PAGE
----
How did we get into such a budget mess? The disastrous Bush tax cuts for the wealthy (passed by reconciliation, thank you very much) and two never-ending wars, replete with extremely lucrative contracts to political allies like Eric Prince. Which brings us to spending freezes.
"Defense represents a significant part of our discretionary spending in this country. The defense establishment needs to be under fiscal discipline, as do all of our agencies." Sen. Ben Cardin (D-Md.) told reporters in the Capitol. "I don't think defense should be exempt. If there are extraordinary things that occur that require us to respond for national security, we always will be prepared to do that. But to exempt the normal military spending just because it's military, to me, is wrong."
The U.S. government spends more on defense than on all other discretionary spending combined, according to the Congressional Budget office.
The CBO estimated that for fiscal year 2009, the government will spend $584 billion on non-defense discretionary spending. Meanwhile, the U.S. will lay out $657 billion on defense spending. That would make it 4.6 percent of the gross domestic product, the highest share since 1992, when the Cold War ended.
[D]efense spending has risen to a historically high level, in real dollars. The [fiscal year] 2010 budget requested $534 billion in discretionary and $4 billion in mandatory funding for the base defense budget and an additional $130 billion for the wars in Iraq and Afghanistan. This exceeds the previous peak in total defense spending of $517 billion in Fy 1986, adjusting for inflation. However, defense spending as a percent of GDP is not at a historically high level because over the past several decades the overall economy has grown faster than defense spending. This suggests that the current level of defense spending, while high, remains affordable by historical standards. But given the state of the federal budget and the ongoing cost of the wars, it is unlikely the base defense budget will be able to maintain the rate of growth experienced over the past ten years.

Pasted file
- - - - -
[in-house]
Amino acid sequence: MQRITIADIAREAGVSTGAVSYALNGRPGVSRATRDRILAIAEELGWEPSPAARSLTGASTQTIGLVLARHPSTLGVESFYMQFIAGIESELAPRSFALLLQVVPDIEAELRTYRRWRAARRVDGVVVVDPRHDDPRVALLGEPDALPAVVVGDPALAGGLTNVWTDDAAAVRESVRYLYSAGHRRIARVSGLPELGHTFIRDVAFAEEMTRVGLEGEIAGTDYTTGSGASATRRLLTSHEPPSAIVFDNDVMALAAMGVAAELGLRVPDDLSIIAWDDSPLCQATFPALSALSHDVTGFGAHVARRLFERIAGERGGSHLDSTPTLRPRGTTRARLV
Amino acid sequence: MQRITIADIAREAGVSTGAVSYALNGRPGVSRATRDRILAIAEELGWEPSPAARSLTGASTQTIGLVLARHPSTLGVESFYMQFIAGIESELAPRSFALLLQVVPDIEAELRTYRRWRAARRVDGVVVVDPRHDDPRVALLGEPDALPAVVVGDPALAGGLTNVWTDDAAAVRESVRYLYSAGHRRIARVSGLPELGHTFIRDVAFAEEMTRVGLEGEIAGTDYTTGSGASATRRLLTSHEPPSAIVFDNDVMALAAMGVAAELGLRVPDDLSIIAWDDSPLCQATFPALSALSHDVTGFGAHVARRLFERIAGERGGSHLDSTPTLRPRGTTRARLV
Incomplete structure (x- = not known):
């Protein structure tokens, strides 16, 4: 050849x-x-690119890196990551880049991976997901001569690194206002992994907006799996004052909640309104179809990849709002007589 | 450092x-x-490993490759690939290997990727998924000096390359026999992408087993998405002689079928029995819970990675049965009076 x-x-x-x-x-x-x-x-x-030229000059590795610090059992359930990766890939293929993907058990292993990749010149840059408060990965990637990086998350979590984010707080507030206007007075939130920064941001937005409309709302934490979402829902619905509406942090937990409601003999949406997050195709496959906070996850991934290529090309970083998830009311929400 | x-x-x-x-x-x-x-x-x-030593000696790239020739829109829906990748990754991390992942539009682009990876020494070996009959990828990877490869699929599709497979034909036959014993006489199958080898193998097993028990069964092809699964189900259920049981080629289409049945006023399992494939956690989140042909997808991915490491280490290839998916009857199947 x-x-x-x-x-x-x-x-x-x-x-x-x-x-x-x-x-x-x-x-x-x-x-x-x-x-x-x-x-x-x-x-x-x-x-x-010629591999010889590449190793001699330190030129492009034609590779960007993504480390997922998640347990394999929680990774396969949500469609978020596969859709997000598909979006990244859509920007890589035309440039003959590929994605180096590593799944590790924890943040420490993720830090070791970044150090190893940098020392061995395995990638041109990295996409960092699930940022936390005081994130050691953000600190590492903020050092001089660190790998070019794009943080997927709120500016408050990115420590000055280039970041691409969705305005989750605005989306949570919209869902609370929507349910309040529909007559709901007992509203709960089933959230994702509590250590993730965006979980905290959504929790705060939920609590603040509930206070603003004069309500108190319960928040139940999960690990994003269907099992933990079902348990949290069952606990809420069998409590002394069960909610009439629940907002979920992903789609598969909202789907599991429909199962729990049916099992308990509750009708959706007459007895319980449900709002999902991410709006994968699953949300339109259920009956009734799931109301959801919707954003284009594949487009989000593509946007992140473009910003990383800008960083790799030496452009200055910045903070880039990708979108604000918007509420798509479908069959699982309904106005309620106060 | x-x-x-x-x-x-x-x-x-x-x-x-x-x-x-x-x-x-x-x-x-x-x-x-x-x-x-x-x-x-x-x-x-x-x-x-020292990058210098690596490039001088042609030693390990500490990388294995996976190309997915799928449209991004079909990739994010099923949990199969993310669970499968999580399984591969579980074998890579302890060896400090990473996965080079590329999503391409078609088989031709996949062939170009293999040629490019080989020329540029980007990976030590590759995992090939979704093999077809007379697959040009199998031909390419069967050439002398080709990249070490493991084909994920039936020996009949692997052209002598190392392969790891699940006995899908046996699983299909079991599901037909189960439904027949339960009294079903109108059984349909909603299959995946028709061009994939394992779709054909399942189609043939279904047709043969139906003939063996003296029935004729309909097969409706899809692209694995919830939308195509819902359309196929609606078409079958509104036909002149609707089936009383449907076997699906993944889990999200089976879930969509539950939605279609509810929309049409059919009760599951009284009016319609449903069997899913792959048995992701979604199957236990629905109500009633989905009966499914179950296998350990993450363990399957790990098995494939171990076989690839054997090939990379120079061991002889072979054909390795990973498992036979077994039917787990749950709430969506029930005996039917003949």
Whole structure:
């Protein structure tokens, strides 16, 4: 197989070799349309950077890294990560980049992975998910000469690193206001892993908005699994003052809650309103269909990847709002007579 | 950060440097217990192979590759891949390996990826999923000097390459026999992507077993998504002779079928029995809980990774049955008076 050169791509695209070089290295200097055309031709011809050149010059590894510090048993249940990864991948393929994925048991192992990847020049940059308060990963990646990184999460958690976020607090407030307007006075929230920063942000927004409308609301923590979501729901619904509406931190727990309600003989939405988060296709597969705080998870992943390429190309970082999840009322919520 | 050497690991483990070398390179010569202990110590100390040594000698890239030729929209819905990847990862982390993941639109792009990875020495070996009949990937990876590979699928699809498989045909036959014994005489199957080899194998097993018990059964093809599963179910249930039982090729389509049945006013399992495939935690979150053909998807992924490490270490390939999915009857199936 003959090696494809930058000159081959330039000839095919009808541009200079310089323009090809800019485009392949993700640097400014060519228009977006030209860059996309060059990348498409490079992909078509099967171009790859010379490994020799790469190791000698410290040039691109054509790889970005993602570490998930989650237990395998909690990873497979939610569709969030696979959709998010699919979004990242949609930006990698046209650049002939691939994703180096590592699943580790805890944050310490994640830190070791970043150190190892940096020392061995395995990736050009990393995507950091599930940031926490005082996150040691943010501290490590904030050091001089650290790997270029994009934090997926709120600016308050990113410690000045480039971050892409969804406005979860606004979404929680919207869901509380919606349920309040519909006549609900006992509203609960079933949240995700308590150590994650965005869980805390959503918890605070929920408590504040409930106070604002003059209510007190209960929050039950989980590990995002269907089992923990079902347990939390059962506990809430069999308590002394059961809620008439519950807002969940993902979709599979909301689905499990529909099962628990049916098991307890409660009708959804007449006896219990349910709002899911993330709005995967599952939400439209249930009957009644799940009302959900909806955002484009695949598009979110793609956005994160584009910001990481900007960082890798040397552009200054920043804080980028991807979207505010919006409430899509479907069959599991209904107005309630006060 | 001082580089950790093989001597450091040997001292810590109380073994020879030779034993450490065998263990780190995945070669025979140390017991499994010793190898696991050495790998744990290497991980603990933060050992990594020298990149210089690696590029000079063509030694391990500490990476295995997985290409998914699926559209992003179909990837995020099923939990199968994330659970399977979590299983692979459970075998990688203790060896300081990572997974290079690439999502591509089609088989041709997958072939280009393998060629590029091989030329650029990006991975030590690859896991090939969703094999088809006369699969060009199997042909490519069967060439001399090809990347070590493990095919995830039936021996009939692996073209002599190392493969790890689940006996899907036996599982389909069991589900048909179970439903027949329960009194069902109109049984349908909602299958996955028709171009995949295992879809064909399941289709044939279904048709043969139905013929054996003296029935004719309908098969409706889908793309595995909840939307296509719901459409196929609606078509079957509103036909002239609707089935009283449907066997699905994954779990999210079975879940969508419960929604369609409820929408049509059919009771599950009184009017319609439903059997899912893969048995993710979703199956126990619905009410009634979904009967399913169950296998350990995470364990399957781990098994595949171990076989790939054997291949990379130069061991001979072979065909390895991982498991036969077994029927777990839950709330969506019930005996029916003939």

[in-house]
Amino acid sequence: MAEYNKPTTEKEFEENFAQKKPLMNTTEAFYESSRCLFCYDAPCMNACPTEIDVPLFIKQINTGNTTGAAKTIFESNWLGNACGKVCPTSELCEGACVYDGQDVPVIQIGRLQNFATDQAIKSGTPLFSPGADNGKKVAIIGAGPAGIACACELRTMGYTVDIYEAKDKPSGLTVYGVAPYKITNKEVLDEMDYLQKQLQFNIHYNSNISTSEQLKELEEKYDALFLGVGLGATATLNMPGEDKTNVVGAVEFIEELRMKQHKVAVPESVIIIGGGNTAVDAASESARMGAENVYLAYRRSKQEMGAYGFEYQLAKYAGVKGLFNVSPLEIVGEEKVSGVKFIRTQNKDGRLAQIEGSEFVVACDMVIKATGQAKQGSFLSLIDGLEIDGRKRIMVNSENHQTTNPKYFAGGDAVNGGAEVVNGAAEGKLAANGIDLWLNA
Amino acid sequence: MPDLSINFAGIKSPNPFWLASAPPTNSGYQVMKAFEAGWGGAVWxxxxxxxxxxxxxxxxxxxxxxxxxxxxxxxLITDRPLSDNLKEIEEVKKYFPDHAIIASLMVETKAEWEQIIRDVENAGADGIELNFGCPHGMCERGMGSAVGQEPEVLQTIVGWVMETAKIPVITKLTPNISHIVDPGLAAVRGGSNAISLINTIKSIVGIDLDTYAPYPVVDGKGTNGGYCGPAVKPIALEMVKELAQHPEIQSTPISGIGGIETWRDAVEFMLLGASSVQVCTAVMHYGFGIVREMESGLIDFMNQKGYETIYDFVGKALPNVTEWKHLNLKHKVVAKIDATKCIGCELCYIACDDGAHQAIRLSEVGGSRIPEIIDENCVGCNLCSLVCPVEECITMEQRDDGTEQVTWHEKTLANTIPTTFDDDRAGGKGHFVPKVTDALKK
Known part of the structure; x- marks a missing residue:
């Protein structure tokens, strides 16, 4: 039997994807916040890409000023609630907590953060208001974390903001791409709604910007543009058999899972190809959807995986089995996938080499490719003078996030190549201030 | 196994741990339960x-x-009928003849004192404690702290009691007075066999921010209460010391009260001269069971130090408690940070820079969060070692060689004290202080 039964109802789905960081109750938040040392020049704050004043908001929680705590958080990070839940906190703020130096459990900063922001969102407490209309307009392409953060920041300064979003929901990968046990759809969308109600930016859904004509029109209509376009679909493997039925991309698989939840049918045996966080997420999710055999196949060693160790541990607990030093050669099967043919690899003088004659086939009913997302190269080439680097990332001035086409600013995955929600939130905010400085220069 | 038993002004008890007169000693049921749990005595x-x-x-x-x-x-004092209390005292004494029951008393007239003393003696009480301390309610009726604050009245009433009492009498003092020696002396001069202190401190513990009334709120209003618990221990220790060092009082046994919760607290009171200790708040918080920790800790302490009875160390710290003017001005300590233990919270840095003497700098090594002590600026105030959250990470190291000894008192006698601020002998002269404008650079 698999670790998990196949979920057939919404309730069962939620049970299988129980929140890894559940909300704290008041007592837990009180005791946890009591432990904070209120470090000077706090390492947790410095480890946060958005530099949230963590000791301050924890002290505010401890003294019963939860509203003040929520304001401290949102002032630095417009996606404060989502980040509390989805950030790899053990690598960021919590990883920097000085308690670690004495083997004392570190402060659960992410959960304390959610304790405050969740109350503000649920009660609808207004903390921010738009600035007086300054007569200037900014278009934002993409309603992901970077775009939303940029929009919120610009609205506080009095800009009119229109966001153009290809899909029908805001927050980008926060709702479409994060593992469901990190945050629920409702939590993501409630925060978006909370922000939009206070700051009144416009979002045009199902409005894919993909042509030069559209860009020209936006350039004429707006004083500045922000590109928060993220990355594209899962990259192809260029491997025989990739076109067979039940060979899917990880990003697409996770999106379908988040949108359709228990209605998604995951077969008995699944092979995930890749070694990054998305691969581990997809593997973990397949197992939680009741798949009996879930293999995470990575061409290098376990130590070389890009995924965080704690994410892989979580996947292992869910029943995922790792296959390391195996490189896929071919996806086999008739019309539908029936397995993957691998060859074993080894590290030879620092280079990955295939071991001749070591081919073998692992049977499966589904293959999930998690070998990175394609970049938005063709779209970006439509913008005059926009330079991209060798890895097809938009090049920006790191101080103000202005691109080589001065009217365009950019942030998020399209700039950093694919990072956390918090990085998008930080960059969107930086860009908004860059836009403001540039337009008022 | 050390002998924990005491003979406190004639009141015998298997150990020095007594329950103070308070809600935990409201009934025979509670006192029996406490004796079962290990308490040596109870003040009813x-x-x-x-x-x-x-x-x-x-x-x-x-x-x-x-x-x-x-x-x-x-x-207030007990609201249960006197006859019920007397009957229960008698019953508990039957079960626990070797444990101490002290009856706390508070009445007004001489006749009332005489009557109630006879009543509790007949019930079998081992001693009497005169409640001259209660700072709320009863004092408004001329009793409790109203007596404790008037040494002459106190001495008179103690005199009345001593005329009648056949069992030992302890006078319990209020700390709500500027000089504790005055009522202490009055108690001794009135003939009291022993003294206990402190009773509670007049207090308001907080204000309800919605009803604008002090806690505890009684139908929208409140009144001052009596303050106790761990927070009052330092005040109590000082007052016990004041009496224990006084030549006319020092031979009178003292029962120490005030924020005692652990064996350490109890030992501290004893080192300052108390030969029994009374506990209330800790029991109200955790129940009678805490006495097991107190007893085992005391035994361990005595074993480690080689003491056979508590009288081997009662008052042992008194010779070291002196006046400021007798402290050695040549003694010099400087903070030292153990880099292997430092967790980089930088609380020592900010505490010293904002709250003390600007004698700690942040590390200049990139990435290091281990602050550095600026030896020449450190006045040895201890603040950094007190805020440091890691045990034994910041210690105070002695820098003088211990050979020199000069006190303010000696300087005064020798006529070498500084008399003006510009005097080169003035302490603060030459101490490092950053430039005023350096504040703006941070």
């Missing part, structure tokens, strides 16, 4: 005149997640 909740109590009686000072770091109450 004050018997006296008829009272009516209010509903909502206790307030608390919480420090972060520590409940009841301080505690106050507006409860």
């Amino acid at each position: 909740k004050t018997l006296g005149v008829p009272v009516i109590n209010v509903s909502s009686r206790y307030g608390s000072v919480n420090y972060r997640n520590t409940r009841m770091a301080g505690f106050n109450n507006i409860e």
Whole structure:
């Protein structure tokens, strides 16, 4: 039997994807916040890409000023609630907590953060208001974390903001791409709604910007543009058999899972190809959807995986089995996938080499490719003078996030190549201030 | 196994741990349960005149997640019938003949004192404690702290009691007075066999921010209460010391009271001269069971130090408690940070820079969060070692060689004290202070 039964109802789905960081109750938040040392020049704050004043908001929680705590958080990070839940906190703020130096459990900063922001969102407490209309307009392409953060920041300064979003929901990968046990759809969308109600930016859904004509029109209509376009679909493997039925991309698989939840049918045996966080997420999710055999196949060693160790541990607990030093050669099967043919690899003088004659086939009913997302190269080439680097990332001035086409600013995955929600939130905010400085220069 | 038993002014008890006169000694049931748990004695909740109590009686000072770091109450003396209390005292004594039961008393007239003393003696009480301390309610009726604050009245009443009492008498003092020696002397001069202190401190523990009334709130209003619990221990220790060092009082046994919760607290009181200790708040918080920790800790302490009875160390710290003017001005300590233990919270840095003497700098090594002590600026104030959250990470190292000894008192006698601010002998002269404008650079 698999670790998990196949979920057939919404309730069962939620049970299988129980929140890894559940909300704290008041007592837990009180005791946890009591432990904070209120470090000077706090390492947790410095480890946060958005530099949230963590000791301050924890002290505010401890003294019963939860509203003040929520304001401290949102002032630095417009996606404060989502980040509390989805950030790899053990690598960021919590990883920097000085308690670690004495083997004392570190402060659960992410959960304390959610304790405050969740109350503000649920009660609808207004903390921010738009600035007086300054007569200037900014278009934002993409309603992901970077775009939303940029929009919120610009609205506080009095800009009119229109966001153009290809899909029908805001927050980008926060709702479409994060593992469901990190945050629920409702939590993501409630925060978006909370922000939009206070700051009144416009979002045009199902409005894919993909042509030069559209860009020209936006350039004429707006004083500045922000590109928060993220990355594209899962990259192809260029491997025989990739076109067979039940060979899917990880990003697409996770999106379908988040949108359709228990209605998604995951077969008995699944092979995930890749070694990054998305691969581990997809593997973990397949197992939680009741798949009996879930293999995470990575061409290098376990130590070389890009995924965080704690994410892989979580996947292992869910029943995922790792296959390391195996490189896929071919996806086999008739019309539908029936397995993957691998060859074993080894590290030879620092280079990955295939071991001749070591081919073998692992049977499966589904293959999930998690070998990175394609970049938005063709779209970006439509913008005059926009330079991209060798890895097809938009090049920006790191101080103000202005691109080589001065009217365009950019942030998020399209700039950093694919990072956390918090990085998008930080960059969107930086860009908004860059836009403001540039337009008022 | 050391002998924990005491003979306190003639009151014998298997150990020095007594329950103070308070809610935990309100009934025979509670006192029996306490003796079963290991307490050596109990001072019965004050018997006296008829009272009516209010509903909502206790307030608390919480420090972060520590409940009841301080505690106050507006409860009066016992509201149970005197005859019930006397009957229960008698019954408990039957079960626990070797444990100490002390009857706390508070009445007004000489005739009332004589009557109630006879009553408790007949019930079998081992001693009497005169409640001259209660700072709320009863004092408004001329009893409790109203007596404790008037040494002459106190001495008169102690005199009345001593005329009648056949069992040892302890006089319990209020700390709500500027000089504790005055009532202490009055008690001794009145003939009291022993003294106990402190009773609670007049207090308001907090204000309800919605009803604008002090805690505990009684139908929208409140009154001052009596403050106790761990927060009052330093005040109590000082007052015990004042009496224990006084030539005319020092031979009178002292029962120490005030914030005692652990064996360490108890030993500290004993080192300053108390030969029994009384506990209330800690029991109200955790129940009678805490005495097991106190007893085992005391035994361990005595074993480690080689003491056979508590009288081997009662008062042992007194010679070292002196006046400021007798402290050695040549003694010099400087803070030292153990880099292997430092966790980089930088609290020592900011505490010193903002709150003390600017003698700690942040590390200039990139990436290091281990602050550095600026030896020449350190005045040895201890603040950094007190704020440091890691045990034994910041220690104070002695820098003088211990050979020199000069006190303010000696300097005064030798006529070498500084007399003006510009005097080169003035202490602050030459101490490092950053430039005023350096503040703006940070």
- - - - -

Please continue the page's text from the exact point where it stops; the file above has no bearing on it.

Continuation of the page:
As an example, here's a chart from that report, just showing aircraft procurement. Ackerman:
In last year’s budget, that spending represented 5 percent of the budget, or between $38.6 billion and $40.1 billion, depending on whether you want to include funding for the wars in Iraq and Afghanistan in your calculation or not.
You see that bright green line? The one at the top? The one that’s way higher than all its colorful competitors? That represents procurement funding for combat aircraft.
Has it sunk in yet?
It’s only a slight exaggeration to say we don’t use combat aircraft in the wars we’re fighting.
You want to show fiscal discipline? Look to where the bloat and the waste really resides in our budget, and freeze discretionary defense spending, too. That doesn't mean abandoning the troops or national security. It means ending defense contractor welfare.